Novel Intraoperative Laser Ablation System for Treatment of Residual Sarcoma

Alexander L. Lazarides, BSc


Early Outcomes Following Total Hip Arthroplasty In Sickle Cell Hemoglobinopathy

Daniel S. Mangiapani, MD

Ultrasound-Guided Cubital Tunnel Injection: Technique And Accuracy In Cadaver Model

Brian T. Nickel, MD

Presented by Daniel J. Blizzard, MD, MS

Exemplary Training for All Staff

Durham, N.C– Duke University continues to provide outstanding training for all personnel, whether medical or non-medical.  On Friday June 12th, the Duke Heart Centre offered a one hour course on compression only CPR.  It was free for all staff members at a variety of times throughout the day.  The Department of Orthopaedics had several staff members in attendance at the event.  Their participation shows why Duke is an outstanding place to work and continues to be a pioneer in the world.

Relief Efforts in Nepal

Dr. Michel Landry

Dr. Michel Landry

Durham, N.C– Doctor Landry of the Duke University Department of Orthopaedics has agreed to work with the World Health Organisation (WHO) to help with earthquake relief efforts in Nepal.  While it has been some time since the quake in Nepal, relief efforts are still ongoing, and Doctor Landry will be spending 3 months in Nepal working with those who sorely need the aid.  Doctor Landry will be departing by the end of June for this 3 month stay in Nepal.


During the interim period where Doctor Landry will be away, his position will be fulfilled by Doctor Chad Cook.  Doctor Cook has agreed to serve as the interim program director of the Doctoral Physical Therapy program while Doctor Landry is away.  We want to congratulate Doctor Landry on the honour of serving those in need, and Doctor Cook for helping fulfil the duties of Doctor Landry in his absence.

Faculty Appointments

Congratulations to Joe Doty and Adam Goode on their recent faculty promotions:

Doctor Doty

Joe Doty

Joseph P. Doty, Assistant Professor of the Practice of Medical Education in the Department of Orthopaedic Surgery, effective June 1, 2015

Adam P Goode

Adam P Goode







Adam Payne Goode, Assistant Professor in Orthopaedic Surgery – Track IV to Associate Professor in Orthopaedic Surgery – Track IV, effective June 1, 2015



Dr. Laura Case Helps to Achieve Certification

Dr. Case is seen here third from the left.

Dr. Case is seen here third from the left.

Durham, N.C– Doctor Laura Case has a passion and commitment to her profession as a paediatric clinician.  Doctor Case has selflessly dedicated her life to her young patients and is known internationally as an expert, an advocate, and as a wonderful person.  One of Doctor Case’s dreams has always been for Duke to be a Certified Duchenne Care centre and she’s worked tirelessly with a handful of others to make this happen.  It is with tremendous fanfare that we can announce that Duke Children’s Hospital is the 9th center to be certified by Parent Project Muscular Dystrophy Certified Duchenne Care Centre Program.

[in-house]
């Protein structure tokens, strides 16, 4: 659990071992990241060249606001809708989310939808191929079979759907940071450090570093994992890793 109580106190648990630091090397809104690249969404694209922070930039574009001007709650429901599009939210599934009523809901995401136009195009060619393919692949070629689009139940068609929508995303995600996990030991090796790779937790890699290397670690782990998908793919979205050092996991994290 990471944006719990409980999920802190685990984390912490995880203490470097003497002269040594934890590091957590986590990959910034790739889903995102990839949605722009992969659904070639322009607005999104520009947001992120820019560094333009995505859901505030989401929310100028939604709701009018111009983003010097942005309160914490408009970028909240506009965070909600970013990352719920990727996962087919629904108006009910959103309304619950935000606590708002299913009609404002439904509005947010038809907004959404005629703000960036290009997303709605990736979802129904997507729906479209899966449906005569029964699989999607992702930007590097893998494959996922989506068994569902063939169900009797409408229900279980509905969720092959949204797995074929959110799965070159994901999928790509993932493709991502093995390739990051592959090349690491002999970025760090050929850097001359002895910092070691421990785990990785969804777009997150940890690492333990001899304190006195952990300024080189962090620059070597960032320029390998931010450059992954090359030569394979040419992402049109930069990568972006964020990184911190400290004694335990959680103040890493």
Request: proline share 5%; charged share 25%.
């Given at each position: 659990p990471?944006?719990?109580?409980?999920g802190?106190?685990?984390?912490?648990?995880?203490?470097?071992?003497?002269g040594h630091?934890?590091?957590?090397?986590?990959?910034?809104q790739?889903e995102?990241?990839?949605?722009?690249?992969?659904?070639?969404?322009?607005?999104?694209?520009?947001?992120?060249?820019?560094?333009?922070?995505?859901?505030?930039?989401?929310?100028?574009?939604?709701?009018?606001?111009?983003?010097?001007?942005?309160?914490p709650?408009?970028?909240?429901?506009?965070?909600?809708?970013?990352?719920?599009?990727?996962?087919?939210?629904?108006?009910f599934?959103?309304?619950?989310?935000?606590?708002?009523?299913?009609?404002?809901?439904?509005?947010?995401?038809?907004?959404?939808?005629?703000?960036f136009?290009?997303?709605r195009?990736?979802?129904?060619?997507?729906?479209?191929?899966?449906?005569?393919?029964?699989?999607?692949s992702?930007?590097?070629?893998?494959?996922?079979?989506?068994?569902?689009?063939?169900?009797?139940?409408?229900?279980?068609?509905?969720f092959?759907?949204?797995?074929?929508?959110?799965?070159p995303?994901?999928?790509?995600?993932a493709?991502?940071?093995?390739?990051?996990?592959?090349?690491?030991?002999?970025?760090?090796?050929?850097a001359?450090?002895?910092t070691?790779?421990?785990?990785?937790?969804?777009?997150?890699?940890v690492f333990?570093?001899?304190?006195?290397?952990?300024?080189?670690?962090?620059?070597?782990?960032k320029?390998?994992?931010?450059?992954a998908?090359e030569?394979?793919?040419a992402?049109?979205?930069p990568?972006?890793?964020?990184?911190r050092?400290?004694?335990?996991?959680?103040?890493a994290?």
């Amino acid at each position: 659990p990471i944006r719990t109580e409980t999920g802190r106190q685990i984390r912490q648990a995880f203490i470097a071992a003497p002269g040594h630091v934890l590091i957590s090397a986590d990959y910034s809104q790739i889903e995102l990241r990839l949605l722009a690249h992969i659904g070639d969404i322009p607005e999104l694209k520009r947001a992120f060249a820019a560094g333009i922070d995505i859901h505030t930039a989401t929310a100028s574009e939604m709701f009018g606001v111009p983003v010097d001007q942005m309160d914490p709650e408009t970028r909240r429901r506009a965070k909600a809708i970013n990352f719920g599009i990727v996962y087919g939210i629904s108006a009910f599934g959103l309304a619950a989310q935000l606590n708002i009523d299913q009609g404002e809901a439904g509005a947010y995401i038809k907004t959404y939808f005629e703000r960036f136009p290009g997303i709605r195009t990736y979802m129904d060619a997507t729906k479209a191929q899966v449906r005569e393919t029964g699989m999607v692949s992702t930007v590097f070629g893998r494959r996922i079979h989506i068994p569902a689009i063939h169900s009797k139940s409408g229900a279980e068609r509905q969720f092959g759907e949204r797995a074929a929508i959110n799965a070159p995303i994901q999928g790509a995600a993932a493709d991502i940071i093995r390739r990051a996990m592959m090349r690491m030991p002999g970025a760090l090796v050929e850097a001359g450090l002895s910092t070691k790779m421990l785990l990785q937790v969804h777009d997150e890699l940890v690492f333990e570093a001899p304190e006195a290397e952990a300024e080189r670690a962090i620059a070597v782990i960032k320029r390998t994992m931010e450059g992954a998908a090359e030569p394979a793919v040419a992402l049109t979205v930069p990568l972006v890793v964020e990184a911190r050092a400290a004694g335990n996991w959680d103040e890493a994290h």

Doctor Case has collaborated with PPMD for over 20 years and is involved in a number of associated research endeavours in Duchenne muscular dystrophy, including the “Solid Suit” Robotics Initiative, and will be presenting at the Annual                                                     PPMD Connect Conference later this week.

Duke has also become a CINRG research site (Cooperative International Neuromuscular Research Group) currently participating in active research studies in Duchenne muscular dystrophy, Becker muscular dystrophy, and Facioscapulohumeral muscular dystrophy.  Doctor Case has been elected to the serve on the CINRG Executive Committee.  She is also on the Steering Committee for the Centre for Disease Control (CDC)’s initiative in updating the DMD Care Considerations, Chairing the Rehabilitation Management Subcommittee, and serving as an invited Expert Panel Member, which will allow sharing of updated guidelines for management with the global Duchenne community.  Doctor Case should be recognized for her tireless work to assist others in need, and the level of intense effort these certifications took to earn.


See the creation of the Centre here.


Striking Out Sarcoma, One Little Bit At a Time

SAVE THE DATE - SarcomaDurham, N.C–  Sarcoma is a very rare form of cancer with only about 10,000 cases reported in the US every year.  However it is still a gruelling process to battle this unusual type of cancer involving, surgery, chemotherapy, and other various treatments lasting over a year, all to beat this disease.  This year two wonderful women put on the 6th annual Strike Out for Sarcoma race and family fun run.  Amy Tingen and Sherry Malthouse-Dufore have helped put together this charitable event that this year alone, raised $45,575 and that number is still growing.  Over 350 people, runners, and volunteers came out for the even this June 13 and many more came to watch the race, and came for the silent auction or dunk tank.  Durham Athletic Park hosted the event with special guests such as Wool E. Bull

Former patients, and current patients alike spoke and shared their tales of how Duke Medicine assisted them, and how amazing it was that events like this could be held to help other patients in need of care.  Doctor David Kirsch had some opening remarks to start the day off, and the day concluded with the winners of the race, and the presentation of the check.  Below we have a list of the sponsors, and a gallery with images of the winners.



The winners of the race include


1st Cameron Ledford

2nd Mikelis Visgauss

3rd Dustin Strickland


1st Katrina Pibl

2nd Kendall Bradley

3rd Stephanie Brewer